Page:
One of the best parts of my job is seeing improvements in members, people progressing through the colour groups and setting goals that would have been a mere pipe dream when they first turned up at the park and donned a blue bib, wondering what the hell it was all about. As people progress they need new challenges and as I’m a massive fan of running, I’m pretty biased as to what I suggest. Whether it’s a Major Series or a marathon, each running event has its challenges, but more importantly, each has its rewards.
I often have discussions with members who want advice on how to prepare for their first running event. I see the biggest improvement in members who combine Running Club with their regular British Military Fitness sessions. BMF classes are excellent at burning the calories and strengthening the right areas for running, but if your goal is to complete a running event, BMF alone is sadly not enough. This is where Running Club comes in and yet again BMF saves the day.
Some venues are lucky enough to have a Running Club in their schedule and like BMF sessions this is for all abilities and lasts an hour. In this hour you will warm up, run, have water break, run some more and finally cool down. Sounds simple right? If only! In true BMF style it has its twists and turns. One of the reasons why BMF is so popular is because of the innovative and creative sessions that its instructors put together and Running Club is no different. You will get classes that improve your speed or endurance, teach you drills that will develop your style and technique.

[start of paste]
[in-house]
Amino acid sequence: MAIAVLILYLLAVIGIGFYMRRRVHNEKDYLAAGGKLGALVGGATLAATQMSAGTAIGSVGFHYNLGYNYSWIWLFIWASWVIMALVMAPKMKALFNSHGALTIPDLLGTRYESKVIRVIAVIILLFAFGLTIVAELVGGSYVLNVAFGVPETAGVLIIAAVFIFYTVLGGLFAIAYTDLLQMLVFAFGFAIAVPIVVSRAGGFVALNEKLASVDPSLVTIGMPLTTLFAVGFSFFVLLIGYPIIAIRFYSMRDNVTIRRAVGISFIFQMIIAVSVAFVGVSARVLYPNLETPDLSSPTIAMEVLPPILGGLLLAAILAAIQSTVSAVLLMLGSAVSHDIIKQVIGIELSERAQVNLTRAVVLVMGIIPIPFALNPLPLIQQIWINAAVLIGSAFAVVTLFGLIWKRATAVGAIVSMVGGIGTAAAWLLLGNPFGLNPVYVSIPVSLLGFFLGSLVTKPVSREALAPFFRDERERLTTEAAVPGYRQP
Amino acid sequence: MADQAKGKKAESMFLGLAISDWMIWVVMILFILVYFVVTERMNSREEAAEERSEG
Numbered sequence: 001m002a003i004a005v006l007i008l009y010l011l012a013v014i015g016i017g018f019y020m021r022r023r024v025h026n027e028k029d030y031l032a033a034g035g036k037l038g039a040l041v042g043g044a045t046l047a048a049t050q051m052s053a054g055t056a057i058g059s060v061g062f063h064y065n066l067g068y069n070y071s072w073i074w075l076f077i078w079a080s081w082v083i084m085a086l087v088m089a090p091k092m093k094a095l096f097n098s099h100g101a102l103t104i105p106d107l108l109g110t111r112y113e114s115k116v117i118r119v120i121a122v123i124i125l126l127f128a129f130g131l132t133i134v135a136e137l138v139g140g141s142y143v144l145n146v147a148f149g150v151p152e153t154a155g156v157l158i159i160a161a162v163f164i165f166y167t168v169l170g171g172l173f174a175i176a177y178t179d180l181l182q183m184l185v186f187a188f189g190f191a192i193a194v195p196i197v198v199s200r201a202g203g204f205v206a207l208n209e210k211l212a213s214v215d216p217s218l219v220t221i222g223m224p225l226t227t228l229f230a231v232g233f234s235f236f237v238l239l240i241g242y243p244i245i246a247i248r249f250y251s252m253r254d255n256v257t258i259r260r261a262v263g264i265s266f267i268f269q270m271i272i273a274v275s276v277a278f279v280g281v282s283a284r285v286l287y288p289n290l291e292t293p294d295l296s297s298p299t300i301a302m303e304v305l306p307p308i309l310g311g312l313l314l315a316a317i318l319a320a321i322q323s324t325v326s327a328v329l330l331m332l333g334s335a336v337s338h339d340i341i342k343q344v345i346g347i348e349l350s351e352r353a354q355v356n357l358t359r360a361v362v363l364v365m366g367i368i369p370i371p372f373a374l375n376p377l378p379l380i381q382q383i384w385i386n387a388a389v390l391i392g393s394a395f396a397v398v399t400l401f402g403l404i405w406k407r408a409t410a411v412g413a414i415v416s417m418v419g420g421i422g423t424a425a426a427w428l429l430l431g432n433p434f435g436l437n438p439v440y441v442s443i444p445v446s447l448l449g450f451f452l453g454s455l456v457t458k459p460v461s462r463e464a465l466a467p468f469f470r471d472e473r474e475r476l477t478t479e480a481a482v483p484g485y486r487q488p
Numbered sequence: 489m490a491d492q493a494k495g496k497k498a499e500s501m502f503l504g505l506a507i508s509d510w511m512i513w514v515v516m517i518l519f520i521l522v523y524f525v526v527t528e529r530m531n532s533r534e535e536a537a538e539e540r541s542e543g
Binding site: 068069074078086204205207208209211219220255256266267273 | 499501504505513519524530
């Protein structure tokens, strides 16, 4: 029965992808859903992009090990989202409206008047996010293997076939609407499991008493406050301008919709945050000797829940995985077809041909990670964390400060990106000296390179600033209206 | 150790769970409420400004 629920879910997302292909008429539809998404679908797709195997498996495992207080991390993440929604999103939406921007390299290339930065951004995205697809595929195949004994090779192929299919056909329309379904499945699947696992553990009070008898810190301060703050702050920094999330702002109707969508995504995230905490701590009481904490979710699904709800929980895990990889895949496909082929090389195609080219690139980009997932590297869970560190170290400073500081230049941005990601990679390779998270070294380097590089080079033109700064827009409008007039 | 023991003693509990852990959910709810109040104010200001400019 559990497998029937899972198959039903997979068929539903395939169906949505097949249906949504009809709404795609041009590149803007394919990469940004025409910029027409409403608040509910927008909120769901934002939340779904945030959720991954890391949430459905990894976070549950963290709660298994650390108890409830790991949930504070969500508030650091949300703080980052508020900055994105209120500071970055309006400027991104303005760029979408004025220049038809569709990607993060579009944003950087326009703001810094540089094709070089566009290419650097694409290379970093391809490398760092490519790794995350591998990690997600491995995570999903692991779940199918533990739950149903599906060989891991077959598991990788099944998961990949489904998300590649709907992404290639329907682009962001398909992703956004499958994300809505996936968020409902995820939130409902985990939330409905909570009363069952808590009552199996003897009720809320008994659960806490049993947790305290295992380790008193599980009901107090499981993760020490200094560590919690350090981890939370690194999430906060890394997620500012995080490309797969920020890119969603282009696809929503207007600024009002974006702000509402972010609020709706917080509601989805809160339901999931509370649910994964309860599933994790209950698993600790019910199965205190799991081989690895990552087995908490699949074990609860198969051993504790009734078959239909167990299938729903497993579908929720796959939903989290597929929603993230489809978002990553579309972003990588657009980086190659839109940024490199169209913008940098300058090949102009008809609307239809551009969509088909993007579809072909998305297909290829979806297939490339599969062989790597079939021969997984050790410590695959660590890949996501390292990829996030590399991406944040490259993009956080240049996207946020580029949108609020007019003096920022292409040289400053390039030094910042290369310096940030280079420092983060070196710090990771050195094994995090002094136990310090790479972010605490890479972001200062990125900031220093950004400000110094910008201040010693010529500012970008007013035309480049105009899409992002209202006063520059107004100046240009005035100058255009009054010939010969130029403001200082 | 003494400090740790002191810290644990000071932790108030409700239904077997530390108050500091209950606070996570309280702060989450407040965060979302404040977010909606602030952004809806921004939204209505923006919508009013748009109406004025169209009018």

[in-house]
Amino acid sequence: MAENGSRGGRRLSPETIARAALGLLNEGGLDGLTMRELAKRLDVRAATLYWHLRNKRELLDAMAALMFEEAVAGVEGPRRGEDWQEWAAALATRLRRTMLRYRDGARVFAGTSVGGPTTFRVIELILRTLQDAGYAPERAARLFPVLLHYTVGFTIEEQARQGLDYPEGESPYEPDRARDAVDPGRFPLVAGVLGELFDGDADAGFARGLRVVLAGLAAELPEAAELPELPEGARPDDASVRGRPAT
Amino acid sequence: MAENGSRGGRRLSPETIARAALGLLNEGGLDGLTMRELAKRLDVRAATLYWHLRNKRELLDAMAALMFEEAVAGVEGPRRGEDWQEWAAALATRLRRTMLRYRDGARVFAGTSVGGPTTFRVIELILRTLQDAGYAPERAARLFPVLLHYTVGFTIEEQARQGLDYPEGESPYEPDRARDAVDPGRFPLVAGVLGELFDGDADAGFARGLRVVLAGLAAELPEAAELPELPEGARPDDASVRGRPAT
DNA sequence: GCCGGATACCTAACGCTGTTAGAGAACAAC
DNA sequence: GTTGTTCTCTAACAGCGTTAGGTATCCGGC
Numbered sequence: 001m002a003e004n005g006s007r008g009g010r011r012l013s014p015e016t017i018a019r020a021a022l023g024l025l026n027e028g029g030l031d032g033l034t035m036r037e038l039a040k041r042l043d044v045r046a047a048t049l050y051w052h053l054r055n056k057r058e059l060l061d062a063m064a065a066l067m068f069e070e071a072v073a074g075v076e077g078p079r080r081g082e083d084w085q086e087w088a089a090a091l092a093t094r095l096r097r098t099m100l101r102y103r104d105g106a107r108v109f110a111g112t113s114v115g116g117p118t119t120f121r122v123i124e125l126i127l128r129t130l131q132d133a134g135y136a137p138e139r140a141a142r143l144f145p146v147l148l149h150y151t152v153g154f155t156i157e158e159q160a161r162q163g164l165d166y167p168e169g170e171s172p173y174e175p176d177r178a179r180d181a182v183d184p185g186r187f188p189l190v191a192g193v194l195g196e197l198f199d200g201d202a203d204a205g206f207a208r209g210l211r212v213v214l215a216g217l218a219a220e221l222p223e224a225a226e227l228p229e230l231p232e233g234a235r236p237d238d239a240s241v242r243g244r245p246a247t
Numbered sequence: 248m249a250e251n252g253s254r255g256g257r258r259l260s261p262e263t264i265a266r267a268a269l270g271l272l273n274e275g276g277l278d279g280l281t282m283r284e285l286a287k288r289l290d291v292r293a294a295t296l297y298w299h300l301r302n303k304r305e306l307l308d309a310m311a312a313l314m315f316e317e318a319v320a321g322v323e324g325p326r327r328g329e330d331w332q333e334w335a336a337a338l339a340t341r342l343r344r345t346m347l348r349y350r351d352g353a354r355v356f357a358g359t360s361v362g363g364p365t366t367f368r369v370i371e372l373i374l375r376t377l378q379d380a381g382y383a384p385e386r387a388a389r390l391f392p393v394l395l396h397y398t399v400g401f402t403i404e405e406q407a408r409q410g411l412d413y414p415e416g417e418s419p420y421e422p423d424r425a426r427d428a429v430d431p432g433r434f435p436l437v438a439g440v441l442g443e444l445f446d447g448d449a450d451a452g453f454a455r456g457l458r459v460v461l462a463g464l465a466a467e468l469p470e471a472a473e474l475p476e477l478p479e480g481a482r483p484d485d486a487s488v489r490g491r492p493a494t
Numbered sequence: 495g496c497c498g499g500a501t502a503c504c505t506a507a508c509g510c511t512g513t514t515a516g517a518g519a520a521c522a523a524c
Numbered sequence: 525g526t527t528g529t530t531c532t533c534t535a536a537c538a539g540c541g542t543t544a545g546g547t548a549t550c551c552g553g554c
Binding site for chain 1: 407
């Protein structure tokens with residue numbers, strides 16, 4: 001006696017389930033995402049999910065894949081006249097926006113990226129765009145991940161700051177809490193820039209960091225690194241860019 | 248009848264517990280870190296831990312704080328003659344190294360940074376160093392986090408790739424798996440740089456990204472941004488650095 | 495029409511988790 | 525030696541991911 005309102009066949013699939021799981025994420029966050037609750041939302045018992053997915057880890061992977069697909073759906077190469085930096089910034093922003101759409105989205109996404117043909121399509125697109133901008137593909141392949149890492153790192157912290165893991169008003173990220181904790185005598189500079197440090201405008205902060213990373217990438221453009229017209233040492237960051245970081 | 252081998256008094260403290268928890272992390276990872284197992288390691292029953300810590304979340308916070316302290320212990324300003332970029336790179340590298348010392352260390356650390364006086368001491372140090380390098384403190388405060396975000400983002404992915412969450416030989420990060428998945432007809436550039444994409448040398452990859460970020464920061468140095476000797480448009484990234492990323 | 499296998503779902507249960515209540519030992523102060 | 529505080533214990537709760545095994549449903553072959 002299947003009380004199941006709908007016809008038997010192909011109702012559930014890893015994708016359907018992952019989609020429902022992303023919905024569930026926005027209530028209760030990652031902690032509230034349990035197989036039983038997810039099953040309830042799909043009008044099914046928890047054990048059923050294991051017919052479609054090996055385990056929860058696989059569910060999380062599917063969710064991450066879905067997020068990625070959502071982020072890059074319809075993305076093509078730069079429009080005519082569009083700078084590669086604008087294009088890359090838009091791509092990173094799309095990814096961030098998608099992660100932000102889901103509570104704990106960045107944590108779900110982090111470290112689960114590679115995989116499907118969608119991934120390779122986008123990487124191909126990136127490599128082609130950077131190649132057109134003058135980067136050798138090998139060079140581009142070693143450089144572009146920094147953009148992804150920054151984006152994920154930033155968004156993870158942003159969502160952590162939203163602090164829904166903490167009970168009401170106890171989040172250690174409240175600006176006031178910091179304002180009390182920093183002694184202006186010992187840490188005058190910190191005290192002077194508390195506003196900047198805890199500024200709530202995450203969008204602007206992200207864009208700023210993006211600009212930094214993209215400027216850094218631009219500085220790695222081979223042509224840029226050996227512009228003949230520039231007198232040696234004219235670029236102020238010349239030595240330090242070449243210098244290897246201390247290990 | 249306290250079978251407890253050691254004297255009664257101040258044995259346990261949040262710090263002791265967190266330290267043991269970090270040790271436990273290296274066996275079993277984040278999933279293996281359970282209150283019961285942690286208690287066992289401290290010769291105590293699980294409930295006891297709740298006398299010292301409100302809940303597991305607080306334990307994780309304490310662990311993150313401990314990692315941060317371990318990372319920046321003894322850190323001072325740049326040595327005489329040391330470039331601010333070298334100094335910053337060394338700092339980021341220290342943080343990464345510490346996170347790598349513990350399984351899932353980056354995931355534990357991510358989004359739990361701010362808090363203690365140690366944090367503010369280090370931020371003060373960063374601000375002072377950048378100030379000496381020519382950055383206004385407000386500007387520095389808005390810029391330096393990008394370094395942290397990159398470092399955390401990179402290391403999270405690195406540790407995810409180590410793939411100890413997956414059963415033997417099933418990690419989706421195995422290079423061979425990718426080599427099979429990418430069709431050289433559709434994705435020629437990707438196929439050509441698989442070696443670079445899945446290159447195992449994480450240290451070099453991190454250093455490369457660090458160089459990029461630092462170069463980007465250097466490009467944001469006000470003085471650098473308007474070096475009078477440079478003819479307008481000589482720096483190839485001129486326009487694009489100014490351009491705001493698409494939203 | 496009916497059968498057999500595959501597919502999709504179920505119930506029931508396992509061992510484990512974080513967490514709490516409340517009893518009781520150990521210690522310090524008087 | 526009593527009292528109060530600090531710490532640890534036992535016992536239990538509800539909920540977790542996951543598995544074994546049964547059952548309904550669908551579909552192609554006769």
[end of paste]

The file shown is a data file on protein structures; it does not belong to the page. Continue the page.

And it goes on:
Whilst stepping outside your comfort zone of regular BMF sessions can be scary, you should never fear Running Club. The instructors are all fully trained in how to adapt sessions to cater for every individual, making it hard enough for the front-runners and comfortable enough for the slower runners, whilst still giving everyone a challenging run.
Attending Running Club sessions will really help you to prepare for whatever challenge you have set yourself. Whether you cross the line head to toe in mud, hand in hand with your friends or crawling on your hands and knees, crossing a finishing line is simply the best feeling you can get. Your body is exhausted and you are mentally shattered but somehow you feel more alive and more energised than you did at the start. Then someone puts a medal round your neck and you grow about a foot taller with pride. You might say ‘never again’, but then comes the reflection and the analysis. ‘I could do that quicker’ or ‘I could run further’, to which I would say 'YES, you can. But how do you do that? I’ll see you at Running Club.'